Seekers are programmed with only limited intelligence and are not much smarter than a dog.  They can be tricked and even fooled, but once they acquire a target, they will follow and engage that target as long as they can track it.   If a target track is lost, the Seeker will go into a preprogrammed loiter mode where it searches the surrounding area in a methodical and logical, if somewhat preprogrammed manner.  If the target is still not found, the Seeker will take up station at its current location and power down, awaiting another target of opportunity.

The 35kph top speed delivered by battery powered lift fans was considered to be adequate in tactical situations given that the movement of the Seeker was almost silent.  Seekers attacked by stealth, quietly floating towards their targets in their primary mode, hunting at night, skimming the ground silently, using debris and rubble to mask and hide their movements.  Seekers would also 'roost' in tall ruins of buildings, watching the streets below.  When a viable target approached, the Seeker would power up and silently descend from above until the unit was within blast range of the target, usually exploding above and behind for maximum lethality in a shower down pattern of fragmentation, resulting in a superior beaten sheath of fragment dispersal. 

Solar receptors recharged the crystal batteries during the daytime and special power saving subroutines reduced power consumption throughout the performance envelope. Maximum service ceiling for the Seeker was limited to 2000 meters from ground clearance, enough to clear most entrenched Resistance units in skyscrapers and to remove the last few low flying aircraft that the resistance managed to field in the early part of the war. Increases in speed brought additional propulsion noise that was found to alert Resistance targets too soon, allowing the modified, faster Seekers to be easily dealt with by Resistance defensive measures long before the Seekers could reach effective engagement range. The faster Seeker was limited to a trial run of only 200 units and the design was retooled to the original, slower, quieter model.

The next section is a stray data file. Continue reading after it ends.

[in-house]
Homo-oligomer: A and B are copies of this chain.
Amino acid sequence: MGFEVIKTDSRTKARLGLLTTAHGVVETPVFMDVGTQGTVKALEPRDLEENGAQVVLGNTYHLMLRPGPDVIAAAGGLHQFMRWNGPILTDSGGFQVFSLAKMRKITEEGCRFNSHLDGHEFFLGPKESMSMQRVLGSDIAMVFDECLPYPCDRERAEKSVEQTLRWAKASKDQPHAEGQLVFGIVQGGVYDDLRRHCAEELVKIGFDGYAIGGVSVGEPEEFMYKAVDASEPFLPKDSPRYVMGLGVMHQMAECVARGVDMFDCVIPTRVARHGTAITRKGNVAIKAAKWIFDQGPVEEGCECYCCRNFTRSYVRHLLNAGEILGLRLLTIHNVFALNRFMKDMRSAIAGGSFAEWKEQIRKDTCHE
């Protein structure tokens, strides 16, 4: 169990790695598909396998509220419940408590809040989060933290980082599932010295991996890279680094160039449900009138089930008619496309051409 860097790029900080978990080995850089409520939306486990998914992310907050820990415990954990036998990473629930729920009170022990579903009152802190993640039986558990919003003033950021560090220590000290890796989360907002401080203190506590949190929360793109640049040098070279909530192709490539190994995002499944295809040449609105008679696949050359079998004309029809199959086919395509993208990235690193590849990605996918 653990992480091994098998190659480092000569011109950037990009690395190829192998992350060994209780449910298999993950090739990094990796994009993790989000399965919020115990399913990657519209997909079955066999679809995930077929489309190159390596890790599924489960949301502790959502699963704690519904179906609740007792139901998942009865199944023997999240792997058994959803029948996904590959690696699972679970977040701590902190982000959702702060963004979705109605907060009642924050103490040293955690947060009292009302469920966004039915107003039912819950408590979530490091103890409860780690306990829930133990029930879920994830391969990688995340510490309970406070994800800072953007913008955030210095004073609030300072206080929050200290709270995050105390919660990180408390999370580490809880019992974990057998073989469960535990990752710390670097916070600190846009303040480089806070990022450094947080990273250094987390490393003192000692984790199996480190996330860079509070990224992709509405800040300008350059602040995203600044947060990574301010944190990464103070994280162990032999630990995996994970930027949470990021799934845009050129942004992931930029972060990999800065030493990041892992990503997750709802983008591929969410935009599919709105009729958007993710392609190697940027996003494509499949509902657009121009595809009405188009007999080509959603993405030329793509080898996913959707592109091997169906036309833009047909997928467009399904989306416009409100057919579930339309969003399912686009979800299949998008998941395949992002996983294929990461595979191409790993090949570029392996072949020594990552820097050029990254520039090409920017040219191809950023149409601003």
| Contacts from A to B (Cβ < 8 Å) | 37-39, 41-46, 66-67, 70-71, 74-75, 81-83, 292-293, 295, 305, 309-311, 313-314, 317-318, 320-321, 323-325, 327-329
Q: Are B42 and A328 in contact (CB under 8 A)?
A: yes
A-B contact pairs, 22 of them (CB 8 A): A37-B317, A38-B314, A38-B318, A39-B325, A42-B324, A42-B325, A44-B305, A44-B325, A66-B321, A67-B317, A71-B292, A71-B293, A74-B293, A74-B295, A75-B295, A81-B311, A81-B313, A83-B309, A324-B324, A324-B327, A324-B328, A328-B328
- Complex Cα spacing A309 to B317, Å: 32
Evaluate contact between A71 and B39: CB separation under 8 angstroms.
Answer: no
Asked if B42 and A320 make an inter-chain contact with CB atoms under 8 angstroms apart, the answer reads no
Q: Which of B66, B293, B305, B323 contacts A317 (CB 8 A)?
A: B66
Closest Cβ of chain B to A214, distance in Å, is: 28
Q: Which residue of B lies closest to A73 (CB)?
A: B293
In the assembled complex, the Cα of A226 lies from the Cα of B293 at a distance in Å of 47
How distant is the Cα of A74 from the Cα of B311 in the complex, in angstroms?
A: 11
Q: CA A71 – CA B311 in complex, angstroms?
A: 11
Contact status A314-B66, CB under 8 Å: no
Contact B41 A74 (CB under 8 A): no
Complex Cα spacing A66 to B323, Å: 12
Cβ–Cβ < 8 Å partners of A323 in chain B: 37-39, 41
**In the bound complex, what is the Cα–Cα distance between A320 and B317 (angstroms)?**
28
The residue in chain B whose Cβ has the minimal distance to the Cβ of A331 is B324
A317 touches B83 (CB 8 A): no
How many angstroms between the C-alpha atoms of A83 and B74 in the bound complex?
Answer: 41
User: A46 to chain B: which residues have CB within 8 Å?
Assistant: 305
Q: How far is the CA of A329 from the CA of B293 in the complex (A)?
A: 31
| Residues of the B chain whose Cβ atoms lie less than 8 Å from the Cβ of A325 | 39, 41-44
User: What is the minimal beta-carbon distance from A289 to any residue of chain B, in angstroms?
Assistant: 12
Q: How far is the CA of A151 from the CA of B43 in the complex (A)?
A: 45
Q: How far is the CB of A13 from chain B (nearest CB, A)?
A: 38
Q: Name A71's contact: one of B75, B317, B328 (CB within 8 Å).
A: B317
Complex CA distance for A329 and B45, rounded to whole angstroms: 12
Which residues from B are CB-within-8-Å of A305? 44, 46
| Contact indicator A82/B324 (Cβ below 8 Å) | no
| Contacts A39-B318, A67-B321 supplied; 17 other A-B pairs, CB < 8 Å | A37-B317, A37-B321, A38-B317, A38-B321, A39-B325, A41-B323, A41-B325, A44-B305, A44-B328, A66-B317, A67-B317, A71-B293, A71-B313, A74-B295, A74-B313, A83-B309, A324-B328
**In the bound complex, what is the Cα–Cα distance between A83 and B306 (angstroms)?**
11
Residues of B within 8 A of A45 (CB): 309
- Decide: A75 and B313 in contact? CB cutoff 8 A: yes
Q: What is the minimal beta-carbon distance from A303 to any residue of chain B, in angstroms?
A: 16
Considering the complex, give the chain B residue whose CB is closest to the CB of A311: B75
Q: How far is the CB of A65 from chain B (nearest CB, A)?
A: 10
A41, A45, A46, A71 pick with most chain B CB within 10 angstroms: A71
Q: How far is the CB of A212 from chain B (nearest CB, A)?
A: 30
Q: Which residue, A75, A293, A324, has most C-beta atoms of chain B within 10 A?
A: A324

The core explosive charge was 10 kilos of synthetic D-4 wrapped around a pre-fragmented alloy rod. Fragmentation was further enhanced by the actual body of the MK-I model ( especially the ceramic aerodyne turbine housing which was pre-fragmented for just this end means) which allowed the charge to pick up a good amount of additional fragments, as well as any debris in and around the area (usually densely urban) that the Seeker detonated in.  These design criteria thus greatly increased the lethality radius of the detonation.  Maximum lethal radius was 10m, with the lethality falling off sharply after that to a maximum of 20m.